Also in this section:
ROS Nodes and Launch Files Summary
Setup Networking Between Robot and Workstation
Tutorial: Navigation Using Rviz
Tutorial: Map Making Using Rviz
Tutorial: Drive Using Teleop-Twist-Keyboard
Tutorial: Running the Follower Demo
Tutorial: Gazebo Simulation
Updating the Oculus Prime ROS Packages
Oculus Prime uses the ROS navigation stack for autonomous path planning and simultaneous location and mapping (SLAM). Navigation enhancements are also provided by the Oculusprime Java Server application, which communicates with ROS and the
oculusprime_ros package via the telnet API. This page provides general information on how it works.
The Oculus Prime Java Server application hides all the underlying ROS complexity and serves up the navigation and mapping functionality within in a convenient web browser GUI. However, navigation can still be manipulated the ‘traditional’ ROS way by running the roslaunch commands from the command line, and viewing the map using Rviz (see Tutorial: Navigation Using Rviz).
For instructions on installing ROS and required packages, see here.
When you start navigation using the Oculus Prime web browser interface by going to
'MENU > navigation > start navigation'
you are executing the
startnav telnet command. This in turn executes the
roslaunch command, which runs the
remote_nav.launch file as a
roslaunch system command, to get ROS up and running.
remote_nav ROS node is the top-level overseer and liason between ROS and the Oculusprime Java Server. The launch file also starts the oculusprime_ros nodes
arcmove_globalpath_follower, and the rest of the ROS navigation stack.
For ROS to be able to localize itself on the map using AMCL, it needs accurate odometry information. The
odom_tf node within the
oculusprime_ros package continuously reads gyro and encoder data from the Oculus Prime java server and the robot’s MALG PCB, by reading the
distanceangle state value every 1/4 second. It then does the appropriate calculations for best-guess location and velocity, then broadcasts the data as a transform and
nav_msgs/Odometry message over the ROS messaging system (essentially following this method).
Simulated Laser Scan Data and Floor Plane Scanning
Depth data from the Orbbec or Xtion depth camera is required to help localize Oculus Prime on the map. The system uses a modified version of the depthimage_to_laserscan package, to convert the depth image and simulate a horizontal scan from a laser rangefinder. The modification adds the ability to analyse the floor plane in real-time, and project any obstacles to the horizontal scan. This allows the robot to detect and avoid any obstacles between the horizontal plane of the sensor and the floor, as well as any holes in the floor, or cliffs.
For floor plane scanning to work, the sensor’s angle must be as-close-to-horizontal as possible (if you’re running an Xtion sensor, it helps to keep the angle adjusting screw of the camera cranked up tight). The angle can be tweaked in software as well, by adding the
'horiz_angle_offset' parameter to the
fake_laser.launch file ‘depthimage_to_laserscan’ node section, and specifying the camera horizontal angle offset relative to the floor plane, in radians (default is 0).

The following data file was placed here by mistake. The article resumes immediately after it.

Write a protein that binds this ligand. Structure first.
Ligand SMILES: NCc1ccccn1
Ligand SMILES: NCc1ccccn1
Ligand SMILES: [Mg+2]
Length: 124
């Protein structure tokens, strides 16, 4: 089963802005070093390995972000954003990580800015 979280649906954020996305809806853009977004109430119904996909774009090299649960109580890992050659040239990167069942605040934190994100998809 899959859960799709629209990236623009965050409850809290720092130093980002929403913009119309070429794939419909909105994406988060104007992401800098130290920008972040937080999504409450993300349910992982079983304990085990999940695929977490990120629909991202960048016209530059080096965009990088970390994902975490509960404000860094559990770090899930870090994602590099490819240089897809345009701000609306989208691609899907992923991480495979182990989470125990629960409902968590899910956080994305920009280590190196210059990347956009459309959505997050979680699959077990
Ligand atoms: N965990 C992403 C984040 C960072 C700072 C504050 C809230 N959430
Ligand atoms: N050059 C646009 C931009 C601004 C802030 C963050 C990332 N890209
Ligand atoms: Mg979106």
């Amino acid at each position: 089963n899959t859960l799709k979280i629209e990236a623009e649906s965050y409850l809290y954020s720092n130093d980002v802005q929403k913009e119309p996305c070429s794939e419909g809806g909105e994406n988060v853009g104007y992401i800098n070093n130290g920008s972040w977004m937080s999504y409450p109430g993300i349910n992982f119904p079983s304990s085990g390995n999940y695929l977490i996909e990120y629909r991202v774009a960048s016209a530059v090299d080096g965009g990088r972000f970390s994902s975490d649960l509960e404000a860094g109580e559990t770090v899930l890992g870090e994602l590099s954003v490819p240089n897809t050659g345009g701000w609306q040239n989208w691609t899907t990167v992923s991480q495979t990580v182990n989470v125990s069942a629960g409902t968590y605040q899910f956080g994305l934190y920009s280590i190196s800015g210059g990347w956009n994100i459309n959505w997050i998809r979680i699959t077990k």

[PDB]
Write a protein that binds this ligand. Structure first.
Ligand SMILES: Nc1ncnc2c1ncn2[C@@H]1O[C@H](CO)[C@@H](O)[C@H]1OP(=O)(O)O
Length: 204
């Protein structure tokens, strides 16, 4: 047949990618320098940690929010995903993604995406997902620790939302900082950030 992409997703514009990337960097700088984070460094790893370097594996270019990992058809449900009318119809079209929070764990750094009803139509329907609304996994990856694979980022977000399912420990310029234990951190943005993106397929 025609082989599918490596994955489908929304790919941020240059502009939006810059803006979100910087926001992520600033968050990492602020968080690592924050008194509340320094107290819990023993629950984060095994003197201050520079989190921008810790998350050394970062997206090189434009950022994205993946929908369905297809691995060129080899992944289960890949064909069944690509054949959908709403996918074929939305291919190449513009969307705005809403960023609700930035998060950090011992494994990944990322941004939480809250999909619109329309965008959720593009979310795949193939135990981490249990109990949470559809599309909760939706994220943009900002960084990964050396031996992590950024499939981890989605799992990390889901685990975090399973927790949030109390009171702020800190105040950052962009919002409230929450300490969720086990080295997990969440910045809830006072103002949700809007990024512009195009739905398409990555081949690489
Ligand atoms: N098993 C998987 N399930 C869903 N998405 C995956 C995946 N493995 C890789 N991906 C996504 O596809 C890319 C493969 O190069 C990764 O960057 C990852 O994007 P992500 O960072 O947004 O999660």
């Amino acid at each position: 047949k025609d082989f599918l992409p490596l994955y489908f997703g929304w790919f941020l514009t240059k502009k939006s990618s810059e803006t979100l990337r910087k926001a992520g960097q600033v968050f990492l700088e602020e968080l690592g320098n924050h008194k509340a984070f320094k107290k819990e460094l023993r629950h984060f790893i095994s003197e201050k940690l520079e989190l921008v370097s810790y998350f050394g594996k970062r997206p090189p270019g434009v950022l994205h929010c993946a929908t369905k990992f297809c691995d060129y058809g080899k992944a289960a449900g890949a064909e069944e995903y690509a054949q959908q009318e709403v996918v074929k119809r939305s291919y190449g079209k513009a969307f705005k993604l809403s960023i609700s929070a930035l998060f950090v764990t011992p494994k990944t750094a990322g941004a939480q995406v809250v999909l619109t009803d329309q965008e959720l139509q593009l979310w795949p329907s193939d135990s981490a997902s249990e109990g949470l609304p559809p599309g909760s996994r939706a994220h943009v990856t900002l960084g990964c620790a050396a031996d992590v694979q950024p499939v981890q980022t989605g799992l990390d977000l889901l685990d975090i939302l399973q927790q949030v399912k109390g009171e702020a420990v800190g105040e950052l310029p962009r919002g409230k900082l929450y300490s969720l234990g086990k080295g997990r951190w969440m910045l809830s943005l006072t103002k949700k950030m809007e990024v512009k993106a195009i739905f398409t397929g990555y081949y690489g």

Floor plane scanning works within a range of about 0.5-3 meters — it is disabled by default during map-making (to save CPU, and because obstacles disappear past the working range, which corrupts the map).
Floor plane scanning can be enabled or disabled during navigation, by changing the
'floorplane_scan_enable' argument in the
globalpath_follow.launch file or by running rqt_reconfigure and clicking the corresponding check box.
The ROS navigation stack by default publishes velocity commands from the
move_base node. These are typically twist messages broadcast to the
cmd_vel topic, that specify linear and/or angular velocity. Oculus Prime completely ignores these, since the movement commands coming from the move base node are optimized for differential drive robots, with 2 main drive wheels and one or more passive caster-type wheels, NOT skid-steering robots like Oculus Prime.
oculusprime_ros node arcmove_globalpath_follower handles the path planning. Instead of responding to
cmd_vel twist messages, it interprets the
global_plan paths being broadcast by
move_base, and sends appropriate movement commands to the Oculusprime Java Server.
On smooth floors, it will follow the local_plan by performing corresponding arc moves. Or, if carpet is detected (by slower than expected turn rates), it will follow points along the
global_plan path by performing turn-in-place and linear moves sequentially. When it reaches less than 1 meter from the goal, it switches to global_plan path following, as it is more accurate and will be less likely to overshoot the goal.
When you start mapping using the Oculus Prime web browser interface by going to
'MENU > navigation > start mapping'
you are executing the
startmapping telnet command, which executes the
roslaunch command, which ultimately runs
make_map.launch as a system command, to start up ROS and mapping.
oculusprime_ros mapping node
map_remote is launched, which acts as the top-level overseer and liason between ROS and the Oculus Prime Java Server. The
odom_tf is also launched, as well as the ROS gmapping package.
NEXT: ROS Nodes and Launch Files Summary